IRS/CCIIO Seek Public Input on Key Employer Mandate Requirements
May 4, 2012
On April 26, 2012, the Internal Revenue Service (IRS) published three Notices, and the Center for Consumer Information and Insurance Oversight (CCIIO) issued a Bulletin. All are related to the "employer mandate" provisions of the Patient Protection and Affordable Care Act (PPACA).
Beginning in 2014, "large" employers (those with at least 50 full-time employees or full-time equivalents) that do not offer coverage that is "affordable" and provides "minimum value" may be subject to a penalty. This is called the "employer mandate." Beginning in 2015, PPACA also requires large employers to report to the Department of Treasury certain information about the coverage they provide on and after January 1, 2014. The IRS will use these informational returns to verify employer sponsored coverage under the employer mandate.
Below is a synopsis of each Notice and the Bulletin.
Under PPACA, beginning in 2014, individuals who buy coverage through an Affordable Insurance Exchange (Exchange) are eligible for a premium tax credit if they are not eligible for employer-sponsored coverage that is “affordable” and provides "minimum value." PPACA defines "minimum value" to mean that a plan’s share of the total allowed costs of benefits is no less than 60%. This notice describes and requests comments on the following three approaches being considered to determine whether employer-sponsored coverage provides "minimum value:"
a) Calculators: The Department of Health and Human Services (HHS) and the Treasury Department will provide an actuarial value calculator (AV calculator) or a minimum value calculator (MV calculator) for use by large employer-sponsored plans. Based on claims data, the calculators would allow an employer-sponsored plan to enter information about the plan's benefits, coverages and cost sharing to determine whether it provides "minimum value."
b) Checklists: Several design-based safe harbors in the form of "checklists" that would provide a simple, straightforward way to establish that employer-sponsored plans provide minimum value; no need to perform any calculations or obtain the assistance of an actuary.
c) Actuarial certification: Plans that have “nonstandard features,” which would rule out their using the checklists or the MV calculator without adjustments, will be allowed to seek “appropriate certification” from an actuary to demonstrate that the plan does provide minimum value in accordance with prescribed continuance tables, recognized actuarial standards and other conditions that the IRS would provide in future guidance.
Beginning in 2015, health insurance issuers, government agencies and employers that sponsor self-insured plans and other persons that provide minimum essential coverage must annually file information returns reporting relevant information (e.g., name, address, TIN, dates of coverage, etc.) for each covered individual with respect to coverage provided on and after January 1, 2014. The Treasury is requesting comments on issues that should be addressed in regulations implementing the information reporting.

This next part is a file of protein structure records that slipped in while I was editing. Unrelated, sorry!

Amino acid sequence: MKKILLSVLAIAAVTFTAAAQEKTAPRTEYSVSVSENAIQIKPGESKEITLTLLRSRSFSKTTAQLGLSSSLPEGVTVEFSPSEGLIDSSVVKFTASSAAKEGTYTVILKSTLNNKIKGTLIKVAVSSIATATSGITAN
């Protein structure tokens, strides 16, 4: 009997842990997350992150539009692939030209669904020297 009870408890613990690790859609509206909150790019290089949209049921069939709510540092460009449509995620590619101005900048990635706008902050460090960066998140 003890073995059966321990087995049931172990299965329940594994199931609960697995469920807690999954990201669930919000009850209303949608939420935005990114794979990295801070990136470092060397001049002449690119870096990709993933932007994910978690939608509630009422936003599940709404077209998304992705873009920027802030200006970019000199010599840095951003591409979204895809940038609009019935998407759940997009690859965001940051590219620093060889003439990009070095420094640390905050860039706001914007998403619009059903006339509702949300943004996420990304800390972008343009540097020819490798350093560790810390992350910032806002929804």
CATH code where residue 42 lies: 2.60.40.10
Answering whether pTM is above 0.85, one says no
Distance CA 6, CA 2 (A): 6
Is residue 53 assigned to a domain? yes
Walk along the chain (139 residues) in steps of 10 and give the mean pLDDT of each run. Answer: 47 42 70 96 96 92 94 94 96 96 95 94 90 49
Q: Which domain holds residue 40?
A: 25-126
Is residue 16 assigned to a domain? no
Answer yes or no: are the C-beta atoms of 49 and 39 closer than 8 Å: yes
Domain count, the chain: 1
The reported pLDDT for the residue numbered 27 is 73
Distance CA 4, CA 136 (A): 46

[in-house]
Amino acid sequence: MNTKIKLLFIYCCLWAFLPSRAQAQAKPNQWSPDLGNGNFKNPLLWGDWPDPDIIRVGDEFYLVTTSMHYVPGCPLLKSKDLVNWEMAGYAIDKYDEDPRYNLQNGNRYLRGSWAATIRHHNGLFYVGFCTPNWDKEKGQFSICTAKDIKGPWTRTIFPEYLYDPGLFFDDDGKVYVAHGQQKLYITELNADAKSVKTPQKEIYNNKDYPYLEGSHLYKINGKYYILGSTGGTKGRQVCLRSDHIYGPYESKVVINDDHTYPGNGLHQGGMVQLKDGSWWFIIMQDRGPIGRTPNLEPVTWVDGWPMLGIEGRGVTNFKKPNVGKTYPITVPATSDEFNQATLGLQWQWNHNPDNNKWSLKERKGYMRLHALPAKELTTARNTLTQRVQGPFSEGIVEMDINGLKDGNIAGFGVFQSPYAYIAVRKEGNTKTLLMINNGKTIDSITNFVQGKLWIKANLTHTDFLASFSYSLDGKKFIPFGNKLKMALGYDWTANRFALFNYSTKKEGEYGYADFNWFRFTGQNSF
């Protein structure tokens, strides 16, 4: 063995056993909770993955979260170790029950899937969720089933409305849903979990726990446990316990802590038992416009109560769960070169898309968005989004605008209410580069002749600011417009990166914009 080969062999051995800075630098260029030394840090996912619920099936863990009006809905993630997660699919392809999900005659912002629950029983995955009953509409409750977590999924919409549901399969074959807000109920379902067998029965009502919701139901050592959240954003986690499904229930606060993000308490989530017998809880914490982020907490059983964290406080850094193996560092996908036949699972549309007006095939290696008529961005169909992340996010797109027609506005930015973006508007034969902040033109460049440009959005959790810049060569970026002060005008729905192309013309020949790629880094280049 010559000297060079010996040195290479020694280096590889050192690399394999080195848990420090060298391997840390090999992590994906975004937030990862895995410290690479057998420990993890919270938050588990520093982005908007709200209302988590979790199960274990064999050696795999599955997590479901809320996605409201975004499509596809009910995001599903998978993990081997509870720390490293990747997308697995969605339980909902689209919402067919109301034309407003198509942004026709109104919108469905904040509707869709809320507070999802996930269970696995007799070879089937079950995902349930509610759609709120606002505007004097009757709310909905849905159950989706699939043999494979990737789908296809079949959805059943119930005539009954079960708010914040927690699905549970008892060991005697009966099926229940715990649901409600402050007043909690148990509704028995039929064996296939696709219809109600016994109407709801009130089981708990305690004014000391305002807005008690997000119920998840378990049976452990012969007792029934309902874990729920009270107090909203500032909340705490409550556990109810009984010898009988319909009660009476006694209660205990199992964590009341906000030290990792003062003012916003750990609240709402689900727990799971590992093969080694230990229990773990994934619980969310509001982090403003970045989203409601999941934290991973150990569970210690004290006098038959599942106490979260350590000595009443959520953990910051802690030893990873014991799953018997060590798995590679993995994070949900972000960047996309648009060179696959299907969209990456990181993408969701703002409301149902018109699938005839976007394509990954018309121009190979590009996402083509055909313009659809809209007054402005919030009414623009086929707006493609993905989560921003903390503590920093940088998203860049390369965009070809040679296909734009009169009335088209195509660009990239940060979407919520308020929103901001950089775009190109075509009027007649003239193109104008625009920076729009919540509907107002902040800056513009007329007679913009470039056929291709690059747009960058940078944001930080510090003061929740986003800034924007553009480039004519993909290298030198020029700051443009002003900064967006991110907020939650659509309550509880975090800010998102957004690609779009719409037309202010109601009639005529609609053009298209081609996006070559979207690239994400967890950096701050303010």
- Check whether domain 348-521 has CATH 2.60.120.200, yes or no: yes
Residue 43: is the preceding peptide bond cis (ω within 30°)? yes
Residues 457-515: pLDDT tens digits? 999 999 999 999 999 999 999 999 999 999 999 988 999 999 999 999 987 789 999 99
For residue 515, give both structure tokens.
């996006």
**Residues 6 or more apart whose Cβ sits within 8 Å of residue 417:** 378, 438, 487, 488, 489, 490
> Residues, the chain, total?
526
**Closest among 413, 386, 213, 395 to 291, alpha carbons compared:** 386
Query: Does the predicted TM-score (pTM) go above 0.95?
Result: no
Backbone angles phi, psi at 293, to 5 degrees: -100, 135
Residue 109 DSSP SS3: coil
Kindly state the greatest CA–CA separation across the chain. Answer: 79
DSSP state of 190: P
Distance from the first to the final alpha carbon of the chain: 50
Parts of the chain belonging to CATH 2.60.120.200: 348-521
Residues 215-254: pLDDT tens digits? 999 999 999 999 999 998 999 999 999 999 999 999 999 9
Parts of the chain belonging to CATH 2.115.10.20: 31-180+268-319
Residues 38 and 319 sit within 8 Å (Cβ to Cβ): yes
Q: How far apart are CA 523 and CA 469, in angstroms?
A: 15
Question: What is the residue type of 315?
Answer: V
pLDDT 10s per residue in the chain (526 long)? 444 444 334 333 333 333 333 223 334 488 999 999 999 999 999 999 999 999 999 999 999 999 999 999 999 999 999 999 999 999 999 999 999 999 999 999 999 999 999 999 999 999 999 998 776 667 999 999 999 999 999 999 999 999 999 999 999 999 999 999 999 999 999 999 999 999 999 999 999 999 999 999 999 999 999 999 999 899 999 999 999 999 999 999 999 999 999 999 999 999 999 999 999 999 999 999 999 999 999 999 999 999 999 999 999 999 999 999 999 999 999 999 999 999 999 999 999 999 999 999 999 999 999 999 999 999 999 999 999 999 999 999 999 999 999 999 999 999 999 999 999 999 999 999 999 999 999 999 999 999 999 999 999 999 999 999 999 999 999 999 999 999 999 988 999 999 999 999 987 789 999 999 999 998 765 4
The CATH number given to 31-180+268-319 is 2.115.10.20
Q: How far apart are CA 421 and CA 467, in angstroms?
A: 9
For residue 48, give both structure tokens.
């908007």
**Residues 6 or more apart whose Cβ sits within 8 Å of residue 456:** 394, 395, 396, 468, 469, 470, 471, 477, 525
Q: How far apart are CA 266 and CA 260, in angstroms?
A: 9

The Notice seeks comment on issues arising in connection with the informational reporting discussed in Notice 2012-31 that would be helpful for the regulations to address, including how to coordinate and minimize duplication between the data employers must report under §6056 and other applicable Code or PPACA provisions.
Reporting to Employees
By January 31 following the calendar year referred to in §6056(a) and (b), the employer must provide each full-time employee whose information is required to be reported to the IRS with a written statement that furnishes employer contact information and data about coverage required to be reported on the §6056 return.
Addresses how employer-sponsored coverage will be verified to determine eligibility for advance payments of the premium tax credit available for the purchase of coverage through Exchanges.
The bulletin requests comments on a proposed interim strategy and possible regulatory approach to achieve verification of an applicant’s access to qualifying coverage in an employer-sponsored plan.
The August 17, 2011 Exchange Eligibility Notice of Proposed Rulemaking invited comments on which strategy would offer the best way for Exchanges to communicate and work together with employers to verify information about employer-sponsored coverage: (1) a sample template that employers and employees could use voluntarily to help applicants fill out the Exchange application or (2) a database for Exchanges to access that was populated voluntarily by employers.
After considering stakeholder comments, HHS proposes a standardized way to allow Exchanges to verify employer-sponsored coverage for the 2014 and 2015 plan years.
Through use of limited pre-enrollment verification based on data sources available to an Exchange, and a post-enrollment verification screening process where data sources are not available during the eligibility determination process, employees and employers will voluntarily collect and communicate employer-sponsored coverage information needed to complete an Exchange application.
The bulletin notes that pre-enrollment verification is the preferred approach. HHS also seeks comments on long-term verification strategies.
Cigna is evaluating these Notices and Bulletin and providing comments as appropriate. We will update communications as we continue our in-depth review, and encourage you to bookmark our health care reform website, InformedOnReform.com.